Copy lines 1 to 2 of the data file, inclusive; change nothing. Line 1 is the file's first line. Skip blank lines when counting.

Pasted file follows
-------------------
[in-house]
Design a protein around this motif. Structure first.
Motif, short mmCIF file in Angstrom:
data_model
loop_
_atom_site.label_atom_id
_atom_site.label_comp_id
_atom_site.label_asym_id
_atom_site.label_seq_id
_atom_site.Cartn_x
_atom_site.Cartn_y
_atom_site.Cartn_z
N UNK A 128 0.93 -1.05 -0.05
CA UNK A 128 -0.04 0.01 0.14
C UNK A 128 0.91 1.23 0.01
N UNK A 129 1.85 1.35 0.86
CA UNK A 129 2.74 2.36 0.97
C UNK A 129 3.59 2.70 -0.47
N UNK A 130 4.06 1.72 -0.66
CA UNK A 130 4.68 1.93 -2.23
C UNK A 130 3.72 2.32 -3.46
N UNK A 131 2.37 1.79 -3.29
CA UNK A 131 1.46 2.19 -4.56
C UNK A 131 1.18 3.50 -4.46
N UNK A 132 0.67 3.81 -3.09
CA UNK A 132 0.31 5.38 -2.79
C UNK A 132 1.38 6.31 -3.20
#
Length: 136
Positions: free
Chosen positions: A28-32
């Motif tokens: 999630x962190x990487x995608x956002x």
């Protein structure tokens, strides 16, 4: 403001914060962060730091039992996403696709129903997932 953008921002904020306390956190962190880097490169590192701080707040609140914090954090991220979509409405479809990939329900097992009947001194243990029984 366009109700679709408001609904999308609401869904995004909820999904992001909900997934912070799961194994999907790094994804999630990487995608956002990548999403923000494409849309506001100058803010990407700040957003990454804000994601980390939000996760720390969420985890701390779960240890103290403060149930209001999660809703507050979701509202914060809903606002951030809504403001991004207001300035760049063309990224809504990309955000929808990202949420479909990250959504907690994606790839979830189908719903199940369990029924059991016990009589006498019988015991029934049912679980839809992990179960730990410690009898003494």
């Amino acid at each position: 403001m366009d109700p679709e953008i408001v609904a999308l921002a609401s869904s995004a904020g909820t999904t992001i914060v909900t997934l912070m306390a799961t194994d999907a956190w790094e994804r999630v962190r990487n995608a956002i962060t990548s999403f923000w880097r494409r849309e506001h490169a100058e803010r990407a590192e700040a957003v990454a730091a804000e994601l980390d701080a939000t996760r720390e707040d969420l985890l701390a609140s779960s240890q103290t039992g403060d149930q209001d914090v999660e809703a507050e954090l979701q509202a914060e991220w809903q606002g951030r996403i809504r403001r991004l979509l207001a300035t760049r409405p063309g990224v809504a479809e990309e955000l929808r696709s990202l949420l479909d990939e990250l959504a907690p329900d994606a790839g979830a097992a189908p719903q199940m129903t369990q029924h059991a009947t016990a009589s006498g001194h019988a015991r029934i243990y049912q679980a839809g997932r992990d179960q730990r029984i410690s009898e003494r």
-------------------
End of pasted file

[in-house]
Design a protein around this motif. Structure first.